In terms of safety and crashworthiness, there isn’t a lot I can tell you.  The NHTSA and IIHS have not yet completed their testing of the 2012 model.  I expect results to be at least as good as the similar 2011 model, since this is a mid-cycle refresh and not an all new model.  The 2009-2011 model only lacked in terms of a marginal roof crush strength rating from the IIHS.  From the NHTSA, the 2011 model received a 4-star overall rating in the new tests and did well overall in all the frontal and side impact results.  The 2012 model has not yet been tested for side impacts, but retains good frontal crash test results from the government.

Update: The 2012 Pilot earned an IIHS Top Safety Pick award.  The NHTSA gave it a 4-star overall rating, with 5-star ratings for the driver and rear seat passengers and 4-star ratings for the front seat passenger in individual crash tests.  Very good overall.

The interior features are simply awesome.   The quality and appearance of the black leather interior in my tester were exceptional.  Seat comfort is quite good in the first and second rows.    Kids remain entertained with wireless headphones for the optional DVD entertainment system (photo, right).  With the second row moved all the way back, a rear-facing infant seat behind the passenger leaves just enough legroom for average adults in front (photo, left).  Even a taller rear-facing convertible like the Sunshine Kids [Diono] Radian fits well with LATCH in the second row middle with no impact on the front seat legroom (below, left).  There’s plenty of room to puzzle the Radian next to a larger combination seat.  The third row is compromised for adults, due to the legroom issues already mentioned, but there is enough for kids in a combination seat like a Graco Argos 70 (Similar to Graco Nautilus, below, right).  Access to the third row is fine for kids, but somewhat narrow for adults.  The cargo space behind the third row is among the best in the midsize class.  Combined with 2nd and 3rd rows that are split and fold flat, there is a lot of flexibility for both cargo and passengers.  The rear hatch opens entirely or you can open just the top glass section separately.

 

Editor’s Note:  The 2012 Pilot is not affected by the recent recall for a small number of defective front seatbelts.

Top 10 Likes:

  • Fully adjustable 2nd row bench seat (photo)
  • 2nd row center works well for carseats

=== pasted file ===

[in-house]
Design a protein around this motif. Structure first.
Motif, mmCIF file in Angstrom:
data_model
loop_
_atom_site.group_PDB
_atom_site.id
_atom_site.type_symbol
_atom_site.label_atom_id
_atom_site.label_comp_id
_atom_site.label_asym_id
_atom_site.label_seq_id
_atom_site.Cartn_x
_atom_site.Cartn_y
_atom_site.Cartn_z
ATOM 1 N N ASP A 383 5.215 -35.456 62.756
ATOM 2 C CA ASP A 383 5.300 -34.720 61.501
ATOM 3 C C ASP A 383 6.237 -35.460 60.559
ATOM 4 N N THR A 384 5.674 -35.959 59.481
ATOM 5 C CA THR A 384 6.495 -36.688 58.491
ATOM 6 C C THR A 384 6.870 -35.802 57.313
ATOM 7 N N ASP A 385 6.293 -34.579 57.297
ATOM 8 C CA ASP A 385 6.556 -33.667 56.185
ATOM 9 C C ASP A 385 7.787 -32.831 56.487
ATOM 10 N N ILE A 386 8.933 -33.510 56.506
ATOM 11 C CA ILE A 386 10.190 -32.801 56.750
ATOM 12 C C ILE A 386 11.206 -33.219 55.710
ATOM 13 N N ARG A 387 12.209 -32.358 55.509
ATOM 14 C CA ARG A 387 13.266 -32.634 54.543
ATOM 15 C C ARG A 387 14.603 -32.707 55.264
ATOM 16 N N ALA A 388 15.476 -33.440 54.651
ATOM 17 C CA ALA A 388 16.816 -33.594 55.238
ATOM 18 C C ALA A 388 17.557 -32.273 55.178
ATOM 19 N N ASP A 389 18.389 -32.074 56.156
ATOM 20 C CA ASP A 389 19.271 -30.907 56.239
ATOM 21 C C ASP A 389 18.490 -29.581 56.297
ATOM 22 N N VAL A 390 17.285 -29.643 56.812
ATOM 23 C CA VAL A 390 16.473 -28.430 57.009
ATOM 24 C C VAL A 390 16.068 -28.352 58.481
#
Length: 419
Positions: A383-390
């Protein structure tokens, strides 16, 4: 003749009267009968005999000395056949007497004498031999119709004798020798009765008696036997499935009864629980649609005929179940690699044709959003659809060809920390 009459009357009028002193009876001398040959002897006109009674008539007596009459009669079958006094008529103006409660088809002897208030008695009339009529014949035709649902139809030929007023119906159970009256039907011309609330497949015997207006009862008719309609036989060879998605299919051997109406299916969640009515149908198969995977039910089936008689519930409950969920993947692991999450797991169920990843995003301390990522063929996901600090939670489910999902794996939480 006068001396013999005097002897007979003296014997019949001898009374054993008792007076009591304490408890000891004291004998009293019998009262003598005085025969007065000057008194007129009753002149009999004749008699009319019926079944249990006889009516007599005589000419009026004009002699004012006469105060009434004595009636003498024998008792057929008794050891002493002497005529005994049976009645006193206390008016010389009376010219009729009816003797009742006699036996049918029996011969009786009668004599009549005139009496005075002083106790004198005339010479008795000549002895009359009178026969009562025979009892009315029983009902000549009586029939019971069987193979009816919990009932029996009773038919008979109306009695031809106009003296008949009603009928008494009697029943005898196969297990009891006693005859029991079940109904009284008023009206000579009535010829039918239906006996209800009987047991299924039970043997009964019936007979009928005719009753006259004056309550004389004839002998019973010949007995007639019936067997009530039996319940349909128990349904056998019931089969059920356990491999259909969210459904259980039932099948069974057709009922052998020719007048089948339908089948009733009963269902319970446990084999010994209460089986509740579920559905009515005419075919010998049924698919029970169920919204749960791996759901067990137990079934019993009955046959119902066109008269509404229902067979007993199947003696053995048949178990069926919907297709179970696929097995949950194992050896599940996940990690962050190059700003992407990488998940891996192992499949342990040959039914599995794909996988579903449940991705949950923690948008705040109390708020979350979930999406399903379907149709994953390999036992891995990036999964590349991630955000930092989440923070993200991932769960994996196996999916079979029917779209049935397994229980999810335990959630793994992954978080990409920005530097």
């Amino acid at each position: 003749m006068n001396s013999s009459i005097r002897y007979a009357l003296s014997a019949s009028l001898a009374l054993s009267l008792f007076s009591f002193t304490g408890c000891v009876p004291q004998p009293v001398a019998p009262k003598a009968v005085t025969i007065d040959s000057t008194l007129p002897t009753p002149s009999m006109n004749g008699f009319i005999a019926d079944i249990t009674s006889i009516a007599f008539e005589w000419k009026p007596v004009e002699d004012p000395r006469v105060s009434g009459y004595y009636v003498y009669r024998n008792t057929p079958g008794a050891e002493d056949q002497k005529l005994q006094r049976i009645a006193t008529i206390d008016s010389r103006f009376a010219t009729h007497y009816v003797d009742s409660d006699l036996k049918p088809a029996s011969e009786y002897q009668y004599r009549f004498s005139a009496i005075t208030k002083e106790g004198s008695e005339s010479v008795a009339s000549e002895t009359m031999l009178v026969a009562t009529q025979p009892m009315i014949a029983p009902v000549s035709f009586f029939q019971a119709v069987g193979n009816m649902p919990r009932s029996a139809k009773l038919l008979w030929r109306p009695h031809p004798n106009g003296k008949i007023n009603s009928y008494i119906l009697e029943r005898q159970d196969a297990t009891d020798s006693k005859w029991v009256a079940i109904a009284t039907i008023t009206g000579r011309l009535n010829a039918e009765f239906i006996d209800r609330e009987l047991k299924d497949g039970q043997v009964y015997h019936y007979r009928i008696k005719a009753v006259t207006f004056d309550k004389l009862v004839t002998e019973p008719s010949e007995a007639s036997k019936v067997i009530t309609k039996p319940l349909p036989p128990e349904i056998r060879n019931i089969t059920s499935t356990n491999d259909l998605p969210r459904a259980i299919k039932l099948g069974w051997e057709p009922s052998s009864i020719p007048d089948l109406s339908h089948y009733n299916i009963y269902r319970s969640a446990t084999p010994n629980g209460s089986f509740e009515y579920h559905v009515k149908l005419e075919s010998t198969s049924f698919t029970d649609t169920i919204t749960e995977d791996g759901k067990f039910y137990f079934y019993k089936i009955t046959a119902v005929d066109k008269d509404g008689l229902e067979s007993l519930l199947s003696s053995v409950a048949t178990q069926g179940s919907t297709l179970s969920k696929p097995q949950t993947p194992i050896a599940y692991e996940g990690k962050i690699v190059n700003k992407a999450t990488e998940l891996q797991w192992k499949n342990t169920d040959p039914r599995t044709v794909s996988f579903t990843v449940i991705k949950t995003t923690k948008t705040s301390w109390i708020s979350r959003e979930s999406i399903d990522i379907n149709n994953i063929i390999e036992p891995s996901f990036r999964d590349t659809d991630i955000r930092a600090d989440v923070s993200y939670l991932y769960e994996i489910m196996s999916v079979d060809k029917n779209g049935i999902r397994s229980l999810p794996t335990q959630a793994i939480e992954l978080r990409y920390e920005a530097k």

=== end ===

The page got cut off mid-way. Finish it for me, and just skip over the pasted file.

• 4 LATCH positions + 2 additional top tethers!
  • Relatively good gas mileage for a midsize SUV
  • Good acceleration, handling and braking
  • Decent visibility, but wide rear pillars and big hood may detract
  • Standard 8th seat (3rd row center).  Narrow, but useful for short trips
  • Third row shoulder belts positioned better than some other SUVs
  • Relatively good cargo/storage space behind third row and elsewhere
  • I really like the styling, inside and out

Top 10 Dislikes:

  • Incomplete IIHS/NHTSA crash testing
  • Rear camera missing on lower trims
  • Buckle stalks in 3rd row not booster-friendly (photo)
  • 3rd row seats are too low even for some teens (photo)
  • Some lower LATCH anchors are difficult to access
  • No crash warning system, lane departure system or crash notification
  • Relatively expensive, starting at $28,470 base FWD trim
  • Road noise & ride comfort are acceptable, but not among the best in class
  • Center control panel is improved, but still busy with small knobs
  • Quirks?  Parking brake release handle.  XM station tuning knob slow to respond.

 

 

Conclusion:

It’s sometimes hard to recommend anything but a minivan to families with lots of small kids.  Top minivans cost less than similarly equipped SUVs.  They get better fuel economy.  They have more cargo space.  The seating is more flexible for passengers, especially when carseats are an issue.  Sliding doors are awesome for kids, too.  Unless you need to tow more than a few thousand pounds or do heavy duty off-roading, why would you even consider an SUV?   Of course, we understand the stigma of driving a minivan!  I recently “downsized” from a minivan to an SUV after 10 years of driving a family truckster.  With that in mind, the Honda Pilot sets the standard for seating kids and also for fuel economy in a midsize, 8-passenger SUV.  It’s still no Honda Odyssey in terms of being family friendly, but it’s as close as you will find in in an SUV, with the possible exception of some monster SUVs that cost a lot more and get awful gas mileage!  Plus, the Pilot is rugged-looking enough that no one will ever mistake it for a minivan or station wagon!

 

Thank you to Honda and G. Schmitz & Associates for providing the Honda Pilot Touring 4WD used in this review.